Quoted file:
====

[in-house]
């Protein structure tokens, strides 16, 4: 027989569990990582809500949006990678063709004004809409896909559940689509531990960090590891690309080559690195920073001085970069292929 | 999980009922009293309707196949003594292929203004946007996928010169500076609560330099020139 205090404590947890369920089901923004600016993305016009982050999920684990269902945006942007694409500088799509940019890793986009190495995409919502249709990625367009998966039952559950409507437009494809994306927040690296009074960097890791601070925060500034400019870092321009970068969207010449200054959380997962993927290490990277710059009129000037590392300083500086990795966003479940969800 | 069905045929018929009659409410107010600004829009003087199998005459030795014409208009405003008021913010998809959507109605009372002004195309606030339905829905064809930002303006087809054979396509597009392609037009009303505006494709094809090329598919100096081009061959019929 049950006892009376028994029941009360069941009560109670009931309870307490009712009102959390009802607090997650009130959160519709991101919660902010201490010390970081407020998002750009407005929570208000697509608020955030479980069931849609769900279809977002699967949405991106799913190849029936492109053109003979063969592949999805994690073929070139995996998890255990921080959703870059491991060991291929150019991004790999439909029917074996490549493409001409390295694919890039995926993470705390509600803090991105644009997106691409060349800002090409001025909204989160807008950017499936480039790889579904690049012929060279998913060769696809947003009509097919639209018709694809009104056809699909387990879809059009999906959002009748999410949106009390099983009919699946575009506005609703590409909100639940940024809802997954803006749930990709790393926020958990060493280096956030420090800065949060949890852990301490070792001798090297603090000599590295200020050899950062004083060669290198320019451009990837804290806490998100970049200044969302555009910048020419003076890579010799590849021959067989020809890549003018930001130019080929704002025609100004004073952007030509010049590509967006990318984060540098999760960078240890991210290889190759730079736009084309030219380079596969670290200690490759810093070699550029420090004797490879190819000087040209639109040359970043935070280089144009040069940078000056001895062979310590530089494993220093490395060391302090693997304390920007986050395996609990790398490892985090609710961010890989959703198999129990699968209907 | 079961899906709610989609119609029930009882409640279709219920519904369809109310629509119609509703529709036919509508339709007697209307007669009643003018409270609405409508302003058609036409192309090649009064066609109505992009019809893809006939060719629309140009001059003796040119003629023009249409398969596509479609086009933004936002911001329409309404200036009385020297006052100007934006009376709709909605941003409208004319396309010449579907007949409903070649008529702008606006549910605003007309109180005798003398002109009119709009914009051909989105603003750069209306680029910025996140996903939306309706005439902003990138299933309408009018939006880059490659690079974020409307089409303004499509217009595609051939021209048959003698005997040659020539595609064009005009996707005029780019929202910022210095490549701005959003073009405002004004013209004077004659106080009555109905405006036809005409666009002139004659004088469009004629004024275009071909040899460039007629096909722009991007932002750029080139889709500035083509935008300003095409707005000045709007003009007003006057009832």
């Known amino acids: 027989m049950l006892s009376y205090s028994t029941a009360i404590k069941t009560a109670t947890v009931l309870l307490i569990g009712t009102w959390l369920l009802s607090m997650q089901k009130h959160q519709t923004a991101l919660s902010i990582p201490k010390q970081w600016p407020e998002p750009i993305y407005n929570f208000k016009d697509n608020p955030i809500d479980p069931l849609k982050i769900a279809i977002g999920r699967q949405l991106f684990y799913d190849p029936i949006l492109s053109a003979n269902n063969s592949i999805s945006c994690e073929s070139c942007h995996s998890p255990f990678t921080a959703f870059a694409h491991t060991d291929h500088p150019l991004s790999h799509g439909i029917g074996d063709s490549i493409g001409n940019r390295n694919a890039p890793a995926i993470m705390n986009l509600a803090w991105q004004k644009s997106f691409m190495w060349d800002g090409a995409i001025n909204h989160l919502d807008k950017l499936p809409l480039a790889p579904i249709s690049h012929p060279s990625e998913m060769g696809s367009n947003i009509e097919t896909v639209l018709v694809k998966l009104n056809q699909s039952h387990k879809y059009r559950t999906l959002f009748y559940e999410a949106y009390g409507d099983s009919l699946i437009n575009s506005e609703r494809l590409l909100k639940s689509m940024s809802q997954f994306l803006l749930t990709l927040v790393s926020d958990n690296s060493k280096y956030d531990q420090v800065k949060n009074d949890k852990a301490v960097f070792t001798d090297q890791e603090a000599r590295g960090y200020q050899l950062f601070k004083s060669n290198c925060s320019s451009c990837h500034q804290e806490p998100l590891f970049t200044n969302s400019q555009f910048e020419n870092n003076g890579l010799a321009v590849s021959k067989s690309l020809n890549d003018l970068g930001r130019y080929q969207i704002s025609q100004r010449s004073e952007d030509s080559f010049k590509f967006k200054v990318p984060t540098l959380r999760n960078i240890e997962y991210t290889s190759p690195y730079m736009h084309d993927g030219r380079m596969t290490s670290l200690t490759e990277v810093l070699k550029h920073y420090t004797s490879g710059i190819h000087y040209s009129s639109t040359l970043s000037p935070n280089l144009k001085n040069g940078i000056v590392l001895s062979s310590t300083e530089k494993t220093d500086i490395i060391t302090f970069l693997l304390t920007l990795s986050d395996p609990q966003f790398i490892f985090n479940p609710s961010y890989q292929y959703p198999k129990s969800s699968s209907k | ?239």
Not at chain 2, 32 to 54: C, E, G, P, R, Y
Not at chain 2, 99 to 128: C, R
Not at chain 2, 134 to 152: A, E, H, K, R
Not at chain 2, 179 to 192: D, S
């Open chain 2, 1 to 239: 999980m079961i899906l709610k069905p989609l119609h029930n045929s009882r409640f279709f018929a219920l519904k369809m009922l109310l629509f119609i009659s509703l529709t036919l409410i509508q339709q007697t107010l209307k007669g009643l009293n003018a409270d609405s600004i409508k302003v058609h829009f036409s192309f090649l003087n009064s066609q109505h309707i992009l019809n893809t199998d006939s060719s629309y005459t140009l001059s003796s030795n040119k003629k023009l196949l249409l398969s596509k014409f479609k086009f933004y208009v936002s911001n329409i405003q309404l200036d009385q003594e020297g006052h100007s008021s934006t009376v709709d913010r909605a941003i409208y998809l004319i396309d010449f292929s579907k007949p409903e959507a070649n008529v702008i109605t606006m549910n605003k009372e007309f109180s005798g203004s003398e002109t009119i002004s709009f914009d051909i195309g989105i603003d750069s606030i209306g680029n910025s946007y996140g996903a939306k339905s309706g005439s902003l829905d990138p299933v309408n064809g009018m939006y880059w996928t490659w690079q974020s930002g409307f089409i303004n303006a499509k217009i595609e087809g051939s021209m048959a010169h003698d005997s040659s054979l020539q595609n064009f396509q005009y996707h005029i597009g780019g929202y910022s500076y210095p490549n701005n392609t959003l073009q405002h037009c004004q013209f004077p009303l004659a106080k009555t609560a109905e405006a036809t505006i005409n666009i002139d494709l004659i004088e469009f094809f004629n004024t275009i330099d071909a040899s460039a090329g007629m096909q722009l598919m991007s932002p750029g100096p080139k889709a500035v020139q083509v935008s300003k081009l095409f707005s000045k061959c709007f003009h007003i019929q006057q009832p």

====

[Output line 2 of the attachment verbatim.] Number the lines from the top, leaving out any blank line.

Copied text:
């Protein structure tokens, strides 16, 4: 027989569990990582809500949006990678063709004004809409896909559940689509531990960090590891690309080559690195920073001085970069292929 | 999980009922009293309707196949003594292929203004946007996928010169500076609560330099020139 205090404590947890369920089901923004600016993305016009982050999920684990269902945006942007694409500088799509940019890793986009190495995409919502249709990625367009998966039952559950409507437009494809994306927040690296009074960097890791601070925060500034400019870092321009970068969207010449200054959380997962993927290490990277710059009129000037590392300083500086990795966003479940969800 | 069905045929018929009659409410107010600004829009003087199998005459030795014409208009405003008021913010998809959507109605009372002004195309606030339905829905064809930002303006087809054979396509597009392609037009009303505006494709094809090329598919100096081009061959019929 049950006892009376028994029941009360069941009560109670009931309870307490009712009102959390009802607090997650009130959160519709991101919660902010201490010390970081407020998002750009407005929570208000697509608020955030479980069931849609769900279809977002699967949405991106799913190849029936492109053109003979063969592949999805994690073929070139995996998890255990921080959703870059491991060991291929150019991004790999439909029917074996490549493409001409390295694919890039995926993470705390509600803090991105644009997106691409060349800002090409001025909204989160807008950017499936480039790889579904690049012929060279998913060769696809947003009509097919639209018709694809009104056809699909387990879809059009999906959002009748999410949106009390099983009919699946575009506005609703590409909100639940940024809802997954803006749930990709790393926020958990060493280096956030420090800065949060949890852990301490070792001798090297603090000599590295200020050899950062004083060669290198320019451009990837804290806490998100970049200044969302555009910048020419003076890579010799590849021959067989020809890549003018930001130019080929704002025609100004004073952007030509010049590509967006990318984060540098999760960078240890991210290889190759730079736009084309030219380079596969670290200690490759810093070699550029420090004797490879190819000087040209639109040359970043935070280089144009040069940078000056001895062979310590530089494993220093490395060391302090693997304390920007986050395996609990790398490892985090609710961010890989959703198999129990699968209907 | 079961899906709610989609119609029930009882409640279709219920519904369809109310629509119609509703529709036919509508339709007697209307007669009643003018409270609405409508302003058609036409192309090649009064066609109505992009019809893809006939060719629309140009001059003796040119003629023009249409398969596509479609086009933004936002911001329409309404200036009385020297006052100007934006009376709709909605941003409208004319396309010449579907007949409903070649008529702008606006549910605003007309109180005798003398002109009119709009914009051909989105603003750069209306680029910025996140996903939306309706005439902003990138299933309408009018939006880059490659690079974020409307089409303004499509217009595609051939021209048959003698005997040659020539595609064009005009996707005029780019929202910022210095490549701005959003073009405002004004013209004077004659106080009555109905405006036809005409666009002139004659004088469009004629004024275009071909040899460039007629096909722009991007932002750029080139889709500035083509935008300003095409707005000045709007003009007003006057009832």